Being unreal, it does not actually come to be.
It is for this reason that maya is said to be
beginningless. The Reality does not bring forth
the unreal. Being nondual, the Reality does not
bring forth anything real. Ever-existent Being,
itself unborn, creates not at all. The unreal
is also not born, for it does not exist. Being
unreal, it does not disappear, anymore than
the dream world disappears for the dream character
when one awakens from both.
The world appears in Consciousness alone. It
is known by the knower. It is known in the knower.
It has no existence apart from the knower, which
is pure Consciousness. The world appears in Consciousness,
by the power of Consciousness, is composed of
Consciousness, and is known or experienced by
Consciousness. All of it is just Consciousness.
It has not the least degree of any other existence.
One Being-Consciousness exists everywhere always.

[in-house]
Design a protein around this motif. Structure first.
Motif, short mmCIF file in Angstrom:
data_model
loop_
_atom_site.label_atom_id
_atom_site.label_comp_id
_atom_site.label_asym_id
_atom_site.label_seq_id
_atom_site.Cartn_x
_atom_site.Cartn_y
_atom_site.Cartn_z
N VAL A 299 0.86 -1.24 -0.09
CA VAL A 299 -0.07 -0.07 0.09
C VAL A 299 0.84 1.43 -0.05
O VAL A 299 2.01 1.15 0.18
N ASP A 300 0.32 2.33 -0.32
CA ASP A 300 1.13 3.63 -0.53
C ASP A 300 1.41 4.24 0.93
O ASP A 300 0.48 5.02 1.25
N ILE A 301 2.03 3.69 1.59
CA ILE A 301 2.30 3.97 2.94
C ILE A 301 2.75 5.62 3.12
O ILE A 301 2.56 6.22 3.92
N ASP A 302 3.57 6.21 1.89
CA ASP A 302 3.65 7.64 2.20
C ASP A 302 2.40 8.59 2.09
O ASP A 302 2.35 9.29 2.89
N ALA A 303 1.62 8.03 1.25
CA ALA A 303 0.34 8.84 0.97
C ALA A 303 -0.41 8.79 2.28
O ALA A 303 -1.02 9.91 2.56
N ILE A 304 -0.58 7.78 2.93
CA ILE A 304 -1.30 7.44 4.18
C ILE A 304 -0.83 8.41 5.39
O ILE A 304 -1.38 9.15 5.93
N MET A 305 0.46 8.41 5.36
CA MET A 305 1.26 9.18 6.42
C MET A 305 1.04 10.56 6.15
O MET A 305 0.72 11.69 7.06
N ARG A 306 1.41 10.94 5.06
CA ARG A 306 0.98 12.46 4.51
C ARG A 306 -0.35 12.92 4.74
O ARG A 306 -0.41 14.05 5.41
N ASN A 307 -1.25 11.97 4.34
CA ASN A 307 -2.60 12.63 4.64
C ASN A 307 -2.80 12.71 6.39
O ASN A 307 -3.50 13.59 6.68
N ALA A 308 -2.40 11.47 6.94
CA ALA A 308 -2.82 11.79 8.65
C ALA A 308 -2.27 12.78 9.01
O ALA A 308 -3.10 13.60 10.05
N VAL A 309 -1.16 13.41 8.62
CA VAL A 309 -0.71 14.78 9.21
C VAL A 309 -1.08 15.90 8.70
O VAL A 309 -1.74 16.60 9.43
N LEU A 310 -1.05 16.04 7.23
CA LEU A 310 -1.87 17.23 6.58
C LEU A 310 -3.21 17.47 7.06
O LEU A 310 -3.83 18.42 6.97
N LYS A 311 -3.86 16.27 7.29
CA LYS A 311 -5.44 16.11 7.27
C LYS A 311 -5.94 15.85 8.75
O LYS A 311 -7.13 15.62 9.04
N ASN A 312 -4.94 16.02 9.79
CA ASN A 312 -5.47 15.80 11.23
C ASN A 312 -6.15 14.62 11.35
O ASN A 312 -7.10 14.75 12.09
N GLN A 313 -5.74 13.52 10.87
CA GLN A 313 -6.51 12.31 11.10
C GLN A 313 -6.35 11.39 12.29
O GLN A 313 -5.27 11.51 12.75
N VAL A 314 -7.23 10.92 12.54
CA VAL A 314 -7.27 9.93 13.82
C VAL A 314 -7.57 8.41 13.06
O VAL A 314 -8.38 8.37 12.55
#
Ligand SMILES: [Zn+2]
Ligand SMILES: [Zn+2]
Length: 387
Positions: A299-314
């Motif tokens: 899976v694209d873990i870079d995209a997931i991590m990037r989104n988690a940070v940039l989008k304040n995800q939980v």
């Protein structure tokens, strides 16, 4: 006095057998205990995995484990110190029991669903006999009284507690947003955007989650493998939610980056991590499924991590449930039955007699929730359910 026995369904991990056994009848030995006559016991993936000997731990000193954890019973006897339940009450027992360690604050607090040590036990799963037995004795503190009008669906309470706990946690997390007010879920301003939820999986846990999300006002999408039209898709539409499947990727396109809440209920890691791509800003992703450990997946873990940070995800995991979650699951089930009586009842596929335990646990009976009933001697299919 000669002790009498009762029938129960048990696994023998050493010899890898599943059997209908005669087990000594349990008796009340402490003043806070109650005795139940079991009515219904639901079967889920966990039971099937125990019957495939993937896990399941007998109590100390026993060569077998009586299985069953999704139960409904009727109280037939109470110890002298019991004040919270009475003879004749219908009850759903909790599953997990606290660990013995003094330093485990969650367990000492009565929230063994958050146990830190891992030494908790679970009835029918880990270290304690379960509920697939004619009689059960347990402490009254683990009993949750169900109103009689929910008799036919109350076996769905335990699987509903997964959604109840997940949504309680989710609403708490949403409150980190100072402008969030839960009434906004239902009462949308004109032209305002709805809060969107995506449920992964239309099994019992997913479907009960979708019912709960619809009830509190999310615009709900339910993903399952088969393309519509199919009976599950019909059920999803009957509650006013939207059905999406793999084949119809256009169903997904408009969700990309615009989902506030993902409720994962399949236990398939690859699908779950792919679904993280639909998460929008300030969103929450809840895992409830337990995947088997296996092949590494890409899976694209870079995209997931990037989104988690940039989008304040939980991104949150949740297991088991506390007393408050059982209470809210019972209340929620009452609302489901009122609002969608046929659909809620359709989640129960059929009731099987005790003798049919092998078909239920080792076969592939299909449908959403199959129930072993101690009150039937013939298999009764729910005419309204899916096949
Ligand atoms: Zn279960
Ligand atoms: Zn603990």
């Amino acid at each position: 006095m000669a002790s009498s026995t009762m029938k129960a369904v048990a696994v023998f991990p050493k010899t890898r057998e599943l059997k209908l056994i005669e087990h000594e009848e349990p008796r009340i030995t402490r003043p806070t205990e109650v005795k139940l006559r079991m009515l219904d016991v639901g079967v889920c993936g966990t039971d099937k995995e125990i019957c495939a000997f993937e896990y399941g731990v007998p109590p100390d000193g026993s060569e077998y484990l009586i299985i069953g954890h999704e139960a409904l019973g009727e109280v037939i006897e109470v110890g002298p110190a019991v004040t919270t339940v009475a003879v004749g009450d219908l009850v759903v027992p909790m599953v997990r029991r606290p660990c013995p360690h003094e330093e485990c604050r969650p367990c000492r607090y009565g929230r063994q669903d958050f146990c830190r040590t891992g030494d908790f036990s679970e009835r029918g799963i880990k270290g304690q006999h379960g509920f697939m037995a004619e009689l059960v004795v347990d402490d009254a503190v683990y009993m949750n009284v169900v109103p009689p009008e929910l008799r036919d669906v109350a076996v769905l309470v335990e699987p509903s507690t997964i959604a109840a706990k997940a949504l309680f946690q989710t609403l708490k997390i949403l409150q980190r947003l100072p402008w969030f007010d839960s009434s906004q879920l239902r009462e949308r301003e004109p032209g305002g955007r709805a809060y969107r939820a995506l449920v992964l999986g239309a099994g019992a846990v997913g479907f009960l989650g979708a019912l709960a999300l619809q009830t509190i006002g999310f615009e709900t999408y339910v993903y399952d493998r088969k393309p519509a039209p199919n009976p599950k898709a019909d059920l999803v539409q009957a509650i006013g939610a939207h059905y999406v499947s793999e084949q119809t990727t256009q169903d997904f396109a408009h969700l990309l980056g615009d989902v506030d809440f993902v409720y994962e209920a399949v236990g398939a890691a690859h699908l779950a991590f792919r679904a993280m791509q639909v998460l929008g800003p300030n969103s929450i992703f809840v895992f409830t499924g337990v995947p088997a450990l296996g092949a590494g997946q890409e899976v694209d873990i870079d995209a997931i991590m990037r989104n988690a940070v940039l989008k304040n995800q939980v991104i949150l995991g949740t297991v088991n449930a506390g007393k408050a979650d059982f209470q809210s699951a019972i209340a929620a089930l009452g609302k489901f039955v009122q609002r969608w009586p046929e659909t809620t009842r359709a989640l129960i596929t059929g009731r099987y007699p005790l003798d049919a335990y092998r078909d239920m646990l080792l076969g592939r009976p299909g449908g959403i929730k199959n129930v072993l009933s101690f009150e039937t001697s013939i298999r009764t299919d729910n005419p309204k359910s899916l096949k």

The one Self experiences itself everywhere always.
It, itself, is just thought of as a 'world,'
though there is really no such differentiated
thing. Consciousness is the world, space, time,
matter, motion and events, the moments and the
eons, things and people, the animate and the
inanimate, the moving and the still, the large
and the small, the living and the dead, the far
and the near, the atoms and the galaxies, the
root and the flower, the cause and the effect,
and all else. The one Self is all. The one Self
appears as all this universe. The universe appears
in the Self. The Self, being formless and infinite,
does not appear in it. The Self appears as the
universe, but really undergoes no modifications.
It always abides as the perfectly full Void of